A survey of semantic web technology for agriculture
Querying SIB Swiss Institute of Bioinformatics resources with SPARQL, Monday 9th, 09:00-18:00, Postgraduate Centre Room 201
The SIB Swiss Institute of Bioinformatics has been publishing data Resource Description Framework (RDF) since 2007, with the UniProt knowledgebase as the first SIB resource to provide it’s data on the semantic web. Since then, more and more SIB resources are modelling their knowledge with RDF and made them queryable and accessible through their own SPARQL endpoints.
In this tutorial, we explain how you can use the data from nine independent SIB resources ( GlyConnect, UniProt, Rhea, OrthoDB, OMA, Bgee, HAMAP, MetaNetX and NeXtProt) to answer interesting biological questions. For each resource we will have an introduction about what kind of data is available, followed by how it is modelled and then how you can query it using SPARQL. Then we will show the strength of SPARQL 1.1 federated queries to show how the connected SIB databases can answer more than any of our databases could independently. Domain knowledge wise it covers proteins, glycans, reactions, orthology, metabolic networks, chemical mapping, and genome/proteome annotations. The session will be led with a quick introductions to SPARQL in general and the SIB Swiss Institute of Bioinformatics.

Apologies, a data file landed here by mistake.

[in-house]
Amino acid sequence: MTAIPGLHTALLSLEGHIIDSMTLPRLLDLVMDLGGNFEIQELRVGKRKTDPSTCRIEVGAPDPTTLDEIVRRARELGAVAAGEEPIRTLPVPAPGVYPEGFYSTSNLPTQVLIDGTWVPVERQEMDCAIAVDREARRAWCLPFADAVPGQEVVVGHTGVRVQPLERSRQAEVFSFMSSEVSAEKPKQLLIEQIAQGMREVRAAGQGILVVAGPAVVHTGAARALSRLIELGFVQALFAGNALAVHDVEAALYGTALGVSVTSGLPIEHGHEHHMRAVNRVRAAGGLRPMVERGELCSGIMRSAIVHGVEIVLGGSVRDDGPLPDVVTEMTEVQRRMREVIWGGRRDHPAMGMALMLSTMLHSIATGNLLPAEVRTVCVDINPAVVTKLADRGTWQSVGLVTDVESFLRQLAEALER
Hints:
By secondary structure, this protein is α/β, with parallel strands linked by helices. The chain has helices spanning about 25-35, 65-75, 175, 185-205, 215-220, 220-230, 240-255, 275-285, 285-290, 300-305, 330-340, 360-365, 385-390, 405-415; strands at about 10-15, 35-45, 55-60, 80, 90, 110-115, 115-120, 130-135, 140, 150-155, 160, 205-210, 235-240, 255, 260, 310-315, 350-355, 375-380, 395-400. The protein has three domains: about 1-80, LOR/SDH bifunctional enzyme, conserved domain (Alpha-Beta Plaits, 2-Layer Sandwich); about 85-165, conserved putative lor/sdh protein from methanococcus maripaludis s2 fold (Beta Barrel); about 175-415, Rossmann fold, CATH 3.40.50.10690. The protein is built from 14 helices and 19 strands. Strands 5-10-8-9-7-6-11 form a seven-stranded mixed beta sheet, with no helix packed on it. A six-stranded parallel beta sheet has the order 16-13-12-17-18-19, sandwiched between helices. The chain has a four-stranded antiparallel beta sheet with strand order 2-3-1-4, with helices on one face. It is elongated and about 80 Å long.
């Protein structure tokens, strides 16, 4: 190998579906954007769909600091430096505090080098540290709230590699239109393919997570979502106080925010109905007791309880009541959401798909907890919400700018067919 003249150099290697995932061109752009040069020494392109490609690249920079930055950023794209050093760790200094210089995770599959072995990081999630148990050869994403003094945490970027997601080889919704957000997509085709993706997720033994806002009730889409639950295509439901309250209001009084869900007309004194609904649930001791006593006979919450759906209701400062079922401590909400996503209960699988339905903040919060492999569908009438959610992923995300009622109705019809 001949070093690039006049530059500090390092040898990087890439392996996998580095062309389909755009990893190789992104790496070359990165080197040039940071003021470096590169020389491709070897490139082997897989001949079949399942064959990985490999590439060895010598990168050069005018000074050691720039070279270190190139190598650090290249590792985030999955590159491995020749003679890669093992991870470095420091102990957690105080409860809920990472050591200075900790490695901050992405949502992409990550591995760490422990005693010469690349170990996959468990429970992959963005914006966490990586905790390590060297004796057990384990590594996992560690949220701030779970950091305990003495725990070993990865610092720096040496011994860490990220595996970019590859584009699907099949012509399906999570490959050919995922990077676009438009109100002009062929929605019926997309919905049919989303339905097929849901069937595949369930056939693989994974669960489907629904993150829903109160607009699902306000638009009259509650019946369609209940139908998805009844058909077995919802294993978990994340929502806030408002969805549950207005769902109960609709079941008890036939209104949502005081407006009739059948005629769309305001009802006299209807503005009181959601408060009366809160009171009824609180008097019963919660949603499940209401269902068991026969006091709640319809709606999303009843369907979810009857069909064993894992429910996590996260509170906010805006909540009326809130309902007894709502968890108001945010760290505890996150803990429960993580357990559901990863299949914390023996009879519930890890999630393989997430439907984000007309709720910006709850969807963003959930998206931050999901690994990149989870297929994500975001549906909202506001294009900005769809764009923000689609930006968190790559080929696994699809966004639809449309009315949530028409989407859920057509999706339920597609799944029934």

The entire session will be using the online public endpoints (with a local mini set backup in case of network issues). For the students we expect them to bring their own laptop with a good keyboard and wifi, curiosity and minimal experience with any query language.
List of SIB resources